Are there ways to farm conventionally without using these seeds that have been bred and grafted for conventional farming? Do farmers really have options? Do consumers who garden have options? And, how will consumers ever really know what they are eating or not if GMO labeling is not mandated and varietals are not labelled?

For a list of Monsanto/Seminis varietals, you can look at their website. As I teach people, farmers markets are so great because you can ask your farmers all about their produce. I know I’ll be asking my farmer friends about varietals this Sunday when I visit the Hollywood Farmers Market.

I’m on the search to find out. With Monsanto buying up world seed companies… is Monsanto really avoidable?

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10 thoughts on “Monsanto Hide And Seek?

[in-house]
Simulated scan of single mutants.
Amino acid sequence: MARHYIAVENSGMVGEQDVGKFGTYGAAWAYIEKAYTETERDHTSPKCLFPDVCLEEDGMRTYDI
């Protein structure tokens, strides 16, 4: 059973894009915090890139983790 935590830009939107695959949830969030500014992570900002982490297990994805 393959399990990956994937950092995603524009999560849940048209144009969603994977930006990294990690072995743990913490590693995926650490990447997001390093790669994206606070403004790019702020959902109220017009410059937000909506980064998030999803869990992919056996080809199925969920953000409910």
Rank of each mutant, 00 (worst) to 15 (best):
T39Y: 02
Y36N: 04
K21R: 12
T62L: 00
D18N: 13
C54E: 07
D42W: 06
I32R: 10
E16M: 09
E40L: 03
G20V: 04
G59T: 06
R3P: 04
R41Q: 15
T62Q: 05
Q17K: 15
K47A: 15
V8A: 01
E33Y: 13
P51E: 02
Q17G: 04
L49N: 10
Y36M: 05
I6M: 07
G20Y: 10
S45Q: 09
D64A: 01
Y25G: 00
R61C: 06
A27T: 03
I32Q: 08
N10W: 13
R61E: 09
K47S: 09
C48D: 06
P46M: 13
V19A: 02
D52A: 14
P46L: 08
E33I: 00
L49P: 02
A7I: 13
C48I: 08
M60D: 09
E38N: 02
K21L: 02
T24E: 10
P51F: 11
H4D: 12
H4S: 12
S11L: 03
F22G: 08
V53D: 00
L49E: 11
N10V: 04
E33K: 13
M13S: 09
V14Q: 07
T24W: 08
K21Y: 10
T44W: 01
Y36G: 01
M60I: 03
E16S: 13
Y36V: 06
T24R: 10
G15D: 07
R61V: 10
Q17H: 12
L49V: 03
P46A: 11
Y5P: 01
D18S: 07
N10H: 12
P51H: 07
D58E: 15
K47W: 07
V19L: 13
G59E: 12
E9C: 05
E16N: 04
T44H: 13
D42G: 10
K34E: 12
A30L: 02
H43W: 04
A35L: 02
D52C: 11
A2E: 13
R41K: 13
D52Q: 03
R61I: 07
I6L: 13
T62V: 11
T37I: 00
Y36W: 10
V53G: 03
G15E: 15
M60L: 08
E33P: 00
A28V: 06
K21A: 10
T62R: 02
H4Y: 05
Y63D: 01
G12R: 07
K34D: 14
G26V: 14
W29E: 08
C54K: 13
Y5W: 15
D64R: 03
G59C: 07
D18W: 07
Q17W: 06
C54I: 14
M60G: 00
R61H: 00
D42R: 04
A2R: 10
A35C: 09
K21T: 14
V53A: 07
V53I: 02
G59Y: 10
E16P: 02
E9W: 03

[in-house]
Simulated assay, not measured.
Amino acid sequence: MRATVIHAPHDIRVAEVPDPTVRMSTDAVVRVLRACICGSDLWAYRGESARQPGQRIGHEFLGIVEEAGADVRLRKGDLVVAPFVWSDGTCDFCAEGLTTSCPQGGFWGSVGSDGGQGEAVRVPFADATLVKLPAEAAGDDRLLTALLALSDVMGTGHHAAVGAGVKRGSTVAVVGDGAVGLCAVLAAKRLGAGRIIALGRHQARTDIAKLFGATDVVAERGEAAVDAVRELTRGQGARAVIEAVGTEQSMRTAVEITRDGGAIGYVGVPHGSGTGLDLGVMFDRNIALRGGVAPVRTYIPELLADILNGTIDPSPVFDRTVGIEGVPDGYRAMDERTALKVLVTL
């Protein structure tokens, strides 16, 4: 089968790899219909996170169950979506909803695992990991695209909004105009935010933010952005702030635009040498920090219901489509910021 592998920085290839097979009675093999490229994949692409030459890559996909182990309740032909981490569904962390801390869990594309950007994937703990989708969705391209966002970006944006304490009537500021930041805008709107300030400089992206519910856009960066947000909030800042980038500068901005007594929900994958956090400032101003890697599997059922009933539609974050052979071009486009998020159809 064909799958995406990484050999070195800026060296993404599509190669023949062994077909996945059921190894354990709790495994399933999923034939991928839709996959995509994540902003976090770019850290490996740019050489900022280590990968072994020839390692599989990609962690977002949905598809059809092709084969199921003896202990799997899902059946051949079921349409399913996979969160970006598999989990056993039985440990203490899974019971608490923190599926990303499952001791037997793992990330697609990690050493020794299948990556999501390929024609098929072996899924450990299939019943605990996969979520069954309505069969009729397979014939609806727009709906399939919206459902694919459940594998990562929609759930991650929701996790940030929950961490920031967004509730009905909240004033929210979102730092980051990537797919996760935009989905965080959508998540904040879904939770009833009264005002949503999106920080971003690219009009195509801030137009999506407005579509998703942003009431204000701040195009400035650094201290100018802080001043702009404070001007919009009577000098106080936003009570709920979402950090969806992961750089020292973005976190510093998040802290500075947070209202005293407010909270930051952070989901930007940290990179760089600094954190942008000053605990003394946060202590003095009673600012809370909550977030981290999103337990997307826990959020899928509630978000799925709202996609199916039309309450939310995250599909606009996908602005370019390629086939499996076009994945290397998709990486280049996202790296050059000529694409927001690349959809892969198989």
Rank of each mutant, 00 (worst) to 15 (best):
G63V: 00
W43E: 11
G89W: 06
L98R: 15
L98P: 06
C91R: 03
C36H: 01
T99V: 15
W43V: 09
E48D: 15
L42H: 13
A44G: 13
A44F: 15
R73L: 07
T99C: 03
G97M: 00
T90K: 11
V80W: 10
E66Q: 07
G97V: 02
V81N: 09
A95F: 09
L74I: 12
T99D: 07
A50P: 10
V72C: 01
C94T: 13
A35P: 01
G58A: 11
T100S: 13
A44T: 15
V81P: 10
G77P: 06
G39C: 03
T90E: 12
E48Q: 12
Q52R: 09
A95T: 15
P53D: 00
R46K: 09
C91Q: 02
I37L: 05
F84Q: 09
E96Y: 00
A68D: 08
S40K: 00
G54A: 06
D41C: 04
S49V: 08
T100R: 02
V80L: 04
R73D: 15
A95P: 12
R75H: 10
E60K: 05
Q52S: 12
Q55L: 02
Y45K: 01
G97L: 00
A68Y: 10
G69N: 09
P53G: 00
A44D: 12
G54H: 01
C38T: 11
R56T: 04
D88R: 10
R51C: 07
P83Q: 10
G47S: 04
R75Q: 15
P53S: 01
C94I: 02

1. Hello Nathan… you have finally hit the nail on the head! It can be done if we share information promote seed houses that specialize in heirlooms/non GMO verities and ban together to see that Monsanto and it affiliates stand accountable. To me it’s also bringing awareness to the decades old problem of Toxic Green Waste being sold as organic compost (yes, it’s organic) it’s just not toxic free! But consumers have been sold on organic being healthy… This is were we all need to come together with an understand of what’s healthy and then share that information so the consumer understands. It does no good to raise heirloom or non-GMO seeds if you are growing them in toxic soil…. I look forward to following you on your journey of discovery and I am here if you have any questions Annie Haven